Reflecting on my own experiences concerning the need to have videos/films delivered immediately, I would say that video-on-demand is now a worthy opponent to DVDs which can be seen as an example of Red Queens. One clear indication that this is an example of Red Queens is the idea that users are now able to view many videos for free, for example, there is a free version of Hulu which allows endless streaming. Also, YouTube is a well known free streaming service which allows users to stream videos both upstream and downstream. Furthermore, DVDs are now sold for very low prices, for example, at my local supermarket movies, DVDs are being sold for as low as three movies for five dollars. I own hundreds of DVDs, however, most of them can be found on my streaming services such as my Netflix and Hulu accounts. In fact, video-on-demand/streaming service owners are most likely gaining advantage over DVDs suppliers.
Users are seeking immediacy and convenience. Personally speaking, most of the times whenever I need to view a video, I need to view it immediately and not to wait for it to come in the mail or to trek to a store to rent or purchase it. Moreover, I like the idea of not having to store my movies on a physical shelf; I prefer to have them stored on a streaming service cloud where I can have access to all my items anytime, anyplace and on any device.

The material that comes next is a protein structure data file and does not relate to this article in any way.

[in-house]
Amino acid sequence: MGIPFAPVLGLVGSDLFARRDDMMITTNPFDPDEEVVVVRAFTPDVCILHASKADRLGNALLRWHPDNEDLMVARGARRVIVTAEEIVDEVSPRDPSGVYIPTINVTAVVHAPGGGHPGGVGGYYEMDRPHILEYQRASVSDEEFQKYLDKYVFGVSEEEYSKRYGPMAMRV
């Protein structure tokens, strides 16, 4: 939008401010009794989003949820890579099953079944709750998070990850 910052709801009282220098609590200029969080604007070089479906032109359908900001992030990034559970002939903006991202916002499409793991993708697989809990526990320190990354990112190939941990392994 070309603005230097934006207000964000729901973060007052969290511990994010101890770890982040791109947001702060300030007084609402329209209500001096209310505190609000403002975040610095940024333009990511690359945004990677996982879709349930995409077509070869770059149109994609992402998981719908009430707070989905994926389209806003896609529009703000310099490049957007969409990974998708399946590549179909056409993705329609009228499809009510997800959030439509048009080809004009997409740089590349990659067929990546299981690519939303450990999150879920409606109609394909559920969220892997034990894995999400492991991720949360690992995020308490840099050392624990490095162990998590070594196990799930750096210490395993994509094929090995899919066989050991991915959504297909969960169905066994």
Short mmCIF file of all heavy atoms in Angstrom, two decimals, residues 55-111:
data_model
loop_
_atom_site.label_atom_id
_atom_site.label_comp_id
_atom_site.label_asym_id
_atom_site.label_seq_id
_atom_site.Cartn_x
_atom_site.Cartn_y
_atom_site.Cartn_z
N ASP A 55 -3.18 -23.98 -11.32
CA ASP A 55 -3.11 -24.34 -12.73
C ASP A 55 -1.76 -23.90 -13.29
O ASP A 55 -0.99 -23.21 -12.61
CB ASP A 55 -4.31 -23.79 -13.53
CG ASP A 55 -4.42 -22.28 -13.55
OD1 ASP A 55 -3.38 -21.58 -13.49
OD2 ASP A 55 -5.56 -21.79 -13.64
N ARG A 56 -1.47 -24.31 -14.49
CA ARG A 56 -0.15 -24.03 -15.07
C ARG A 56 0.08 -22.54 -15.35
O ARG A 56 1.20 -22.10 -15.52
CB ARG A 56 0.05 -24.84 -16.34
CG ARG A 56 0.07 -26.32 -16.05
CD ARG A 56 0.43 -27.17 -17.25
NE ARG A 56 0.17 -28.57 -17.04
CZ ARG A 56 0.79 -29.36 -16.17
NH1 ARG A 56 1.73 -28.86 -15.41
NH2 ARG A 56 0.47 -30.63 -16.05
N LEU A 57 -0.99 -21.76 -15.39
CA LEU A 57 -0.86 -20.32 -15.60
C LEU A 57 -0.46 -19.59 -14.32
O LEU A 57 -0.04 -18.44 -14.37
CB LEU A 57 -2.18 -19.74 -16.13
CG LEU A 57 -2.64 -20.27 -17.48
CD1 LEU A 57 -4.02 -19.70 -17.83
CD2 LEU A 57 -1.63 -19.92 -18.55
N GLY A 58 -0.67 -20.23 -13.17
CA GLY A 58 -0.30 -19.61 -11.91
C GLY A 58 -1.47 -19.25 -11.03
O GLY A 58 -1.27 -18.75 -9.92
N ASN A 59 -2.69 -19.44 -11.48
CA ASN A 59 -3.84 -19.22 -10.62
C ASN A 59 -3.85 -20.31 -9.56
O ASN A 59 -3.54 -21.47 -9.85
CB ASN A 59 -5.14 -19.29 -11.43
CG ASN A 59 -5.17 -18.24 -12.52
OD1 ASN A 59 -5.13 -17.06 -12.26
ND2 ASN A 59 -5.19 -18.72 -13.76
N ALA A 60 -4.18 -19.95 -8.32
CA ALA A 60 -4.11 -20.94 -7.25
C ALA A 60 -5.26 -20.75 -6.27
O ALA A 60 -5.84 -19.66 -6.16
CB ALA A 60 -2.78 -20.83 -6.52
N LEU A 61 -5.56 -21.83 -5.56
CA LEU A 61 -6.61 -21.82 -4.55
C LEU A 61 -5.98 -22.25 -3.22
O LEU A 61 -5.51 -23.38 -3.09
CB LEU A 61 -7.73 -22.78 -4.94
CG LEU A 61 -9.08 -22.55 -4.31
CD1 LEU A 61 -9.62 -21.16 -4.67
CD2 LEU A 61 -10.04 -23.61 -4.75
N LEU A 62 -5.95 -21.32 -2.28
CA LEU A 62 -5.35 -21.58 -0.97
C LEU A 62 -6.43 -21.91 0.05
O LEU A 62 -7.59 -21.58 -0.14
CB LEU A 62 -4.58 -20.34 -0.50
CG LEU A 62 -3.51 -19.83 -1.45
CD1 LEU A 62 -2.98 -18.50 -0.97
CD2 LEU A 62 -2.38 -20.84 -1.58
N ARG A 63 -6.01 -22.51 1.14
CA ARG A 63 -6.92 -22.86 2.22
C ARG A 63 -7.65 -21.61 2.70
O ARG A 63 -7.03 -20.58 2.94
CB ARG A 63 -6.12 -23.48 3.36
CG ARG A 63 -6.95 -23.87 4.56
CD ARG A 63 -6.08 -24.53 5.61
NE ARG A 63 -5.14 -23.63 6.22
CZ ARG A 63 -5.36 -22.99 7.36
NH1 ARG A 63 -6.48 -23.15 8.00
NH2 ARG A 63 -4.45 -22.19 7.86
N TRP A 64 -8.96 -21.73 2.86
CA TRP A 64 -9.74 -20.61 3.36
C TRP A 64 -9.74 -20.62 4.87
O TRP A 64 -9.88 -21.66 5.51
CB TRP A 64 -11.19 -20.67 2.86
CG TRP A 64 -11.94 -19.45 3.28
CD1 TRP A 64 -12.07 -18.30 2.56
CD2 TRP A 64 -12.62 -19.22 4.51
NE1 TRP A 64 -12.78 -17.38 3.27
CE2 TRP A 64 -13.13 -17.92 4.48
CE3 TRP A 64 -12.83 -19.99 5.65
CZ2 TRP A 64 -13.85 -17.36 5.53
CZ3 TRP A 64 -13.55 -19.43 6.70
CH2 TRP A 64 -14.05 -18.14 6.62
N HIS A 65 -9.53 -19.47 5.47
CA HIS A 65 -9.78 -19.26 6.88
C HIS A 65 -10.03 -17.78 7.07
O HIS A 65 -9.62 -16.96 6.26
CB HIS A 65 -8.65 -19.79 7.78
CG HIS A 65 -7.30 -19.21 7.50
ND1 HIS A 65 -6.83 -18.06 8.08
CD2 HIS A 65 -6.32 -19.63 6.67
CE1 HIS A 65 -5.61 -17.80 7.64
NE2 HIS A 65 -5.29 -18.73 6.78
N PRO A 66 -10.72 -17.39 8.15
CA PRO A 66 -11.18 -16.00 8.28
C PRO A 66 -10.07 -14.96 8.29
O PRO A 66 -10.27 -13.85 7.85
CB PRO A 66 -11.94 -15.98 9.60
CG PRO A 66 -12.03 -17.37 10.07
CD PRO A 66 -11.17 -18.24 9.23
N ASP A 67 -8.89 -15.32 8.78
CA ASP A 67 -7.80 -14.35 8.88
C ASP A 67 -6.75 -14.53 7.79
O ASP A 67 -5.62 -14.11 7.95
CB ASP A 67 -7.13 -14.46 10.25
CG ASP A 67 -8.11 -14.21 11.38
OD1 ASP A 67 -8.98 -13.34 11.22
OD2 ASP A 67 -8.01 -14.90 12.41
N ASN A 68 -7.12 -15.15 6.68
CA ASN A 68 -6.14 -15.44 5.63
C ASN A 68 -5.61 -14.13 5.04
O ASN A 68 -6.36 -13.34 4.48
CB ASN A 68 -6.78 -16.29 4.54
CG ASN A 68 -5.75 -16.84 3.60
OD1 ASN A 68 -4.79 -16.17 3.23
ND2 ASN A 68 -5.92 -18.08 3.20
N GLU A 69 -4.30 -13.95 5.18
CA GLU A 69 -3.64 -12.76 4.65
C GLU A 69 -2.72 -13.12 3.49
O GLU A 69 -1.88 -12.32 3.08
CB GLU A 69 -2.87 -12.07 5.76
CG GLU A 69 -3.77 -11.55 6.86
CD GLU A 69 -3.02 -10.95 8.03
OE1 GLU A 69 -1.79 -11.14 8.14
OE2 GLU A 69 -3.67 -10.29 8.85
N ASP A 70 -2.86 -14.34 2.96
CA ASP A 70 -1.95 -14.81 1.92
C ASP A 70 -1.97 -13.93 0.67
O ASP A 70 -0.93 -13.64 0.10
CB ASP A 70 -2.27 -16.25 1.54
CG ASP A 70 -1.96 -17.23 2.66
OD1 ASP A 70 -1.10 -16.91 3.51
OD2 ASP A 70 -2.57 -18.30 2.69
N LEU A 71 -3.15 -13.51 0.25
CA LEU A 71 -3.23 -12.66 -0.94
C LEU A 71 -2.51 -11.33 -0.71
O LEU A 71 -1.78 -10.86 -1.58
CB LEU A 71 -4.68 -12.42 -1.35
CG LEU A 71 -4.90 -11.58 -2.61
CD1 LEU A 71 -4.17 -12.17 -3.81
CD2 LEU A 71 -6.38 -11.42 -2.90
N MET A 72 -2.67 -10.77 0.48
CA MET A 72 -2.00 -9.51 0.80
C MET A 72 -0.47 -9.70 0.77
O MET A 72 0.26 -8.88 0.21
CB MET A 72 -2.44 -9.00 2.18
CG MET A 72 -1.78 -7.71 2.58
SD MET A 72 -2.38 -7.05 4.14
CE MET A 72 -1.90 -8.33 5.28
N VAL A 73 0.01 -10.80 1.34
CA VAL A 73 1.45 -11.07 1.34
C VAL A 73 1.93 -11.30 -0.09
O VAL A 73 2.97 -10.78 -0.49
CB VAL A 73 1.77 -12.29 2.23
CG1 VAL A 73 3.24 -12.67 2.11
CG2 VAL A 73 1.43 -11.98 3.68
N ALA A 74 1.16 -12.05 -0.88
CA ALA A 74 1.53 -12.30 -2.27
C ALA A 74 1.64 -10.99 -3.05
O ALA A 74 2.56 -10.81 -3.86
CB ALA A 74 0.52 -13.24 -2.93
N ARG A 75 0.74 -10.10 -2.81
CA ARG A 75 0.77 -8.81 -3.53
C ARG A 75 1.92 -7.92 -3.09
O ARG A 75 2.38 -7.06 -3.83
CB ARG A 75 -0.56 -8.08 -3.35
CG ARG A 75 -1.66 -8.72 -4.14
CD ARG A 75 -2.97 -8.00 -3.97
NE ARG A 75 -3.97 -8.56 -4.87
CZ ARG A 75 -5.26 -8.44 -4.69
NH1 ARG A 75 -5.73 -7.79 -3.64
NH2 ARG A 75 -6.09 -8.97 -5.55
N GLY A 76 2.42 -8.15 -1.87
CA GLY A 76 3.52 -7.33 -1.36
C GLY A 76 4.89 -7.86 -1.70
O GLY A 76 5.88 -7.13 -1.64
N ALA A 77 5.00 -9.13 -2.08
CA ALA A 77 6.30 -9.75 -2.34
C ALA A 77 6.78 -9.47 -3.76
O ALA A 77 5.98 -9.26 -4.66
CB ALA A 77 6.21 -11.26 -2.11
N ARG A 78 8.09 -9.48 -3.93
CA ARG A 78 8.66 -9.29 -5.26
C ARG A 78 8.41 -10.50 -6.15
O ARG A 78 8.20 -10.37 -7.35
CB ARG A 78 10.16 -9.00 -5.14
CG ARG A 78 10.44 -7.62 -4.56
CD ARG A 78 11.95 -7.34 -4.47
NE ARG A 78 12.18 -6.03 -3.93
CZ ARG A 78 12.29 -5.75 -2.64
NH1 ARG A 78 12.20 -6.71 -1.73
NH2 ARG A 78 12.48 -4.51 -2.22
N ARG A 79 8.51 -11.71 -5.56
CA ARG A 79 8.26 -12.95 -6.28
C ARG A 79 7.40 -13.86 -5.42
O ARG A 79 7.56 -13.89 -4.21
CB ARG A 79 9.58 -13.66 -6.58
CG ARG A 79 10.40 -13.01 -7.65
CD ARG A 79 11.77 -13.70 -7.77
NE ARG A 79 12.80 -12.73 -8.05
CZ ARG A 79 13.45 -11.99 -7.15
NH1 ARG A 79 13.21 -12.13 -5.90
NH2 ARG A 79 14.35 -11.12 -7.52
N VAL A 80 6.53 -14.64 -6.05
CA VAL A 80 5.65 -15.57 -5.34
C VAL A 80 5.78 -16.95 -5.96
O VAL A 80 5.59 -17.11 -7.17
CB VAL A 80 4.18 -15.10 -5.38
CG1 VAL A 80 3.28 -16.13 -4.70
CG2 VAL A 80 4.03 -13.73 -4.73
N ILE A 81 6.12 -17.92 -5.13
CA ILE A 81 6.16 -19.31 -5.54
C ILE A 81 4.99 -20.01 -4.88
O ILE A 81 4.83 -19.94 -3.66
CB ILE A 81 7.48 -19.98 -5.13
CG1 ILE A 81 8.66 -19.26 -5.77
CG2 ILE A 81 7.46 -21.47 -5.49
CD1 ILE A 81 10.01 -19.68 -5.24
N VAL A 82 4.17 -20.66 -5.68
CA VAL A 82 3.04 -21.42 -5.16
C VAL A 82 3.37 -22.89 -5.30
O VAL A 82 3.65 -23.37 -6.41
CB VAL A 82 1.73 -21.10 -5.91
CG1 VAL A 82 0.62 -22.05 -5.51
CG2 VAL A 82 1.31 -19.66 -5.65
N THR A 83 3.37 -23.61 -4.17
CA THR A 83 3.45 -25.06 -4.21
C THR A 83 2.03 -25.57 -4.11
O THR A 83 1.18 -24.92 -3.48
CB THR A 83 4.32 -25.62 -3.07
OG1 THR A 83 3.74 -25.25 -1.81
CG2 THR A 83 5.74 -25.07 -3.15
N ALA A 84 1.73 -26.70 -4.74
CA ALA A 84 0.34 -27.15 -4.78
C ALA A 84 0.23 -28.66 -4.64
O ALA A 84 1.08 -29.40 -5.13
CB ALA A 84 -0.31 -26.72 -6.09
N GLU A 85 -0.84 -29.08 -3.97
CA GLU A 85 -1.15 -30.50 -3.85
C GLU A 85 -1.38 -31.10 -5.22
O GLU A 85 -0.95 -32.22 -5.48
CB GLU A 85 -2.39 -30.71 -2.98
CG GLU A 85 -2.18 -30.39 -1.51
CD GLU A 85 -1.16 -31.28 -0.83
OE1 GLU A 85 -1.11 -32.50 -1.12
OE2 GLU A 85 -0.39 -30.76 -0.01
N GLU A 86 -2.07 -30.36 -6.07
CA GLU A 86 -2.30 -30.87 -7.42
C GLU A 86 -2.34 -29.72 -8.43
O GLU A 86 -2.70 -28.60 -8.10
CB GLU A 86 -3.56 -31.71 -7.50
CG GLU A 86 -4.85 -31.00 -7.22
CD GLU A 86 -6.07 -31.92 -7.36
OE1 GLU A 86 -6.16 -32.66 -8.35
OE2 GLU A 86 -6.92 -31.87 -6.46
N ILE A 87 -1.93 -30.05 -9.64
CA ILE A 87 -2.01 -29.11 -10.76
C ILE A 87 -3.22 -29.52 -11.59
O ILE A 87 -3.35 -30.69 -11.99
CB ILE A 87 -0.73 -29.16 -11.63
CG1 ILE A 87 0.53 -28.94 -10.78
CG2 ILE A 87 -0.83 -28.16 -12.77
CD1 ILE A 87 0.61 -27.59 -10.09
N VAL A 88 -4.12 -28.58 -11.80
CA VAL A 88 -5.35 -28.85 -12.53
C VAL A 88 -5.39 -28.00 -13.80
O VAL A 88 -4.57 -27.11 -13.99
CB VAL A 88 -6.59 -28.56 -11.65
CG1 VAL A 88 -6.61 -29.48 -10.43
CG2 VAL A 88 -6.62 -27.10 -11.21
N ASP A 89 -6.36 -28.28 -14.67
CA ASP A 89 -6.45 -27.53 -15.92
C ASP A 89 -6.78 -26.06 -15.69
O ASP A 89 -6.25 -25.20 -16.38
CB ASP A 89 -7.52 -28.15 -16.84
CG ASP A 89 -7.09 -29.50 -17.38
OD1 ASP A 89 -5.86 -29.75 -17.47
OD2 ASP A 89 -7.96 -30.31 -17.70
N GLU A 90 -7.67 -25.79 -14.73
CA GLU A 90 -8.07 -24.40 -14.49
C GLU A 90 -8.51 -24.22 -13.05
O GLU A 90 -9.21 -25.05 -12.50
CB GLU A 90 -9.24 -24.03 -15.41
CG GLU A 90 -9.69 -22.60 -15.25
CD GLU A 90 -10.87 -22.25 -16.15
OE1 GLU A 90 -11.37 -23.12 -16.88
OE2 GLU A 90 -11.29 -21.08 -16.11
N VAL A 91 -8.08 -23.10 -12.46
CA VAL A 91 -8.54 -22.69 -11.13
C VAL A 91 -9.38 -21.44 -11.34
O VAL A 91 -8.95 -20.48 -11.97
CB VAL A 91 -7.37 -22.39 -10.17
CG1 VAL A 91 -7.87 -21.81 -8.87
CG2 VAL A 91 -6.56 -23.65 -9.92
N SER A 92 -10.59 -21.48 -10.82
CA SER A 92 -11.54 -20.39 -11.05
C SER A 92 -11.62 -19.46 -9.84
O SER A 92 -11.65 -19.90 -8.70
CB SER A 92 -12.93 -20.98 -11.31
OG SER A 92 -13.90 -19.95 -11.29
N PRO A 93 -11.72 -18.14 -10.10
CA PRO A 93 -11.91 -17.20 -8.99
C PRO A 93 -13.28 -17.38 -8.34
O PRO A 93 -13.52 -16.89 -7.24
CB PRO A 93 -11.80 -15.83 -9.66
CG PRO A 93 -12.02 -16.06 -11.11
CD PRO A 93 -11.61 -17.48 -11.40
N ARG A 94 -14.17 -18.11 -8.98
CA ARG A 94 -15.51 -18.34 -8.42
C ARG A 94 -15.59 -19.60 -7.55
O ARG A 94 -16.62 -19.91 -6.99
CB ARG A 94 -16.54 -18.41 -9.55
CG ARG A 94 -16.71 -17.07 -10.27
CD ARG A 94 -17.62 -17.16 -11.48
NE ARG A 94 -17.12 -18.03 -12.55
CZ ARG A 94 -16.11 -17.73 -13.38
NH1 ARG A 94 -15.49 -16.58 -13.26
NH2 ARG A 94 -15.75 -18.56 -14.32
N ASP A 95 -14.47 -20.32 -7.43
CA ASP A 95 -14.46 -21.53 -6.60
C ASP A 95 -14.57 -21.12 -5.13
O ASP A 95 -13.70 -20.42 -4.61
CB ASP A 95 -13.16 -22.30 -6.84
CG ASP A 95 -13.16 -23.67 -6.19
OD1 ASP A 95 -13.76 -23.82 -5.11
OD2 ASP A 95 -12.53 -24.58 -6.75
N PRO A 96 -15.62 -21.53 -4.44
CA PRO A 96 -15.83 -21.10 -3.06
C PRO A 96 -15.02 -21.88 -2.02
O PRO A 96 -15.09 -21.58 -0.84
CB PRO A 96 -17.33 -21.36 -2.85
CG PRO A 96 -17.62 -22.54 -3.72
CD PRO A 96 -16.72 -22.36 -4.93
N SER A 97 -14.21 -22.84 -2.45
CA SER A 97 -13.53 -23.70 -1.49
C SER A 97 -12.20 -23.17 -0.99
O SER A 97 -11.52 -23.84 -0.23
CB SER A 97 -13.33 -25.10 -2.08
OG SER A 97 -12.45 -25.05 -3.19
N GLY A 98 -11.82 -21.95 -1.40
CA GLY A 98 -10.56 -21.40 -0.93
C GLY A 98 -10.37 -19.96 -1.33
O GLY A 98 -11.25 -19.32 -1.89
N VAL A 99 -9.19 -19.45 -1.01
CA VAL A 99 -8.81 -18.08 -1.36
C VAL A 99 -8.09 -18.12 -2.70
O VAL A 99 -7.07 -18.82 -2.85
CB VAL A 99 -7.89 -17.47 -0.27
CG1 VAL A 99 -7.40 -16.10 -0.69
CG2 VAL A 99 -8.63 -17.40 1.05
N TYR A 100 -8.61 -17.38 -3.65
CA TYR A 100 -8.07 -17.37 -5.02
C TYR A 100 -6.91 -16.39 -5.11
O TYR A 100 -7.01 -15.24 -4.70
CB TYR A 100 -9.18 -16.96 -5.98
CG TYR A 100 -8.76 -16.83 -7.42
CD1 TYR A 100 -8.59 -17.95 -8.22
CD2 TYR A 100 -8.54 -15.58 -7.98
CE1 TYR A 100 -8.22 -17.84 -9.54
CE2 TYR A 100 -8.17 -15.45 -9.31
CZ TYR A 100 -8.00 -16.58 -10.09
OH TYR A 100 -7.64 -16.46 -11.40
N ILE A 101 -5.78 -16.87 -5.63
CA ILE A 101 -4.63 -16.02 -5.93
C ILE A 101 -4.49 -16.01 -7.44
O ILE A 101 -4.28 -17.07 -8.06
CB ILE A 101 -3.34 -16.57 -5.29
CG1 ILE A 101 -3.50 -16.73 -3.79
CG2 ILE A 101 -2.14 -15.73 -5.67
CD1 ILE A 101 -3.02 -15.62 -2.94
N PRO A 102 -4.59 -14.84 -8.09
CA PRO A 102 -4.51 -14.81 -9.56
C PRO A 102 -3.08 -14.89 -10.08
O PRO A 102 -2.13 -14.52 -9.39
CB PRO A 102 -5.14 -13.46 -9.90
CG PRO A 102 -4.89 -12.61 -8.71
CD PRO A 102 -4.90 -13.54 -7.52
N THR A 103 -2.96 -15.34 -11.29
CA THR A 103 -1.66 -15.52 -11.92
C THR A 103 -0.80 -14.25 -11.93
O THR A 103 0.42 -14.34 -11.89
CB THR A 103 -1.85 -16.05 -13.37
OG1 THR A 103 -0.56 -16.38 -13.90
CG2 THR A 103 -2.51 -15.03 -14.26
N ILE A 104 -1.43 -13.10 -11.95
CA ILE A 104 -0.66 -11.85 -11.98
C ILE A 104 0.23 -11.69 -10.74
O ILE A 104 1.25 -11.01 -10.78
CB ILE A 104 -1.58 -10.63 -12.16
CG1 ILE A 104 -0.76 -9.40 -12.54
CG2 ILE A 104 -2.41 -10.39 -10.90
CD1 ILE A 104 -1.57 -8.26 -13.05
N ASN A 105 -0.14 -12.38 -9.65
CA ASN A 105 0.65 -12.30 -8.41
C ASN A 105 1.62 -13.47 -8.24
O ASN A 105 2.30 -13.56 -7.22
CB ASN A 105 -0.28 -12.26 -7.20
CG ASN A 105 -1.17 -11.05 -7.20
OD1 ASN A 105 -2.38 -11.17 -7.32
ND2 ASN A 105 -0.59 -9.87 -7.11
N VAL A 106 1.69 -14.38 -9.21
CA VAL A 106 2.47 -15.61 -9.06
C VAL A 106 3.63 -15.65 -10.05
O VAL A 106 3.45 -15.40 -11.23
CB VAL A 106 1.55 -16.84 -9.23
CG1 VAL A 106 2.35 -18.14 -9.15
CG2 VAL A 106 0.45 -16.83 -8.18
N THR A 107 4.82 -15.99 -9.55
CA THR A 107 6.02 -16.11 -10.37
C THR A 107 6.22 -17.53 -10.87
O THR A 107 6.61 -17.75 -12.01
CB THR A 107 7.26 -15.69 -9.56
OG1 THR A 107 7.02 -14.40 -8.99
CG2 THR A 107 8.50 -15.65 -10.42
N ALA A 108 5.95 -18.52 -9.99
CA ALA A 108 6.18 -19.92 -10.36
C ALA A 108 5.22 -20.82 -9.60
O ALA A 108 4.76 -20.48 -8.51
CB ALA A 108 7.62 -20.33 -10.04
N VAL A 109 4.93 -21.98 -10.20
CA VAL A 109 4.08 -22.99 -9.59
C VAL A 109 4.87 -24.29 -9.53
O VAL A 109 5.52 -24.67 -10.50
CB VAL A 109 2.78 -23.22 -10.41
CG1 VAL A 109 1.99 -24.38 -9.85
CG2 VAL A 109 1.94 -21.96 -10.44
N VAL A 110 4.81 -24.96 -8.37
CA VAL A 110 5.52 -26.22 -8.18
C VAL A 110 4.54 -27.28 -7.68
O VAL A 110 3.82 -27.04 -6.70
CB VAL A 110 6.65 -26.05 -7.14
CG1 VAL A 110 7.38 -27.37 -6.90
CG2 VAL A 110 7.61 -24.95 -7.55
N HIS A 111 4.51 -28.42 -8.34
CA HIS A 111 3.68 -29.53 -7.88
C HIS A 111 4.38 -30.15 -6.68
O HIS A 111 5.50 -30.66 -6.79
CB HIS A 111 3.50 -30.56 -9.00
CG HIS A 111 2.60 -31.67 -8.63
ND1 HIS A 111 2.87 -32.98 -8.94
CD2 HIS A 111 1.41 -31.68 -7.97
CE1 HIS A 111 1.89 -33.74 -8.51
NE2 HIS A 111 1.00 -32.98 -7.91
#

In Light of the Four Criteria of McLuhan’s Tetrad
In order to effectively evaluate the battle of the Red Queens – DVDs and video-on-demand, I will make an assessment using the four criteria of McLuhan’s tetrad. Based on my own experience (as well as the experience of the people around me and online), video-on-demand/streaming services seems to be an emerging innovation which brought about Red Queens battle with DVD technologies. Some of these streaming services are slightly different from each other, for example, Hulu, Netflix and Amazon Prime; however they work together as clusters to obsolete DVD technologies.
Interestingly, DVDs had replaced VHSs in the past and now it seems to be in the process of being replaced by cloud-based video-on-demand/streaming services. Similarly, video-on-demand/streaming services might be replaced by holographic video streaming in the future. The usefulness of video-on-demand/streaming services is helping their designers to gain advantage over their competitors. The main usefulness of video-on-demand is that it improves speed of access to video/movies. This is very important, especially in education, where learners today are used to having access to all forms of information immediately. See Figure 1 for an image of the four criteria of McLuhan’s tetrad in relationship to DVDs and video-on-demand competing as Red Queens in the video/movie industry.
Emerging Technology Tetrad: video-on-demand
Enhances: video-on-demand improves speed of access to videos/movies.
Reverses: holographic video streaming might replace video-on-demand in the future.
Retrieve/Rekindles: Video-on-demand brings back spontaneous story telling of the past.
Obsoletes: video-on-demand might lead to the abandonment of DVDs.
Dick, P. K. (2012). Total Recall (Kindle Locations 12-13). Houghton Mifflin Harcourt. Kindle Edition.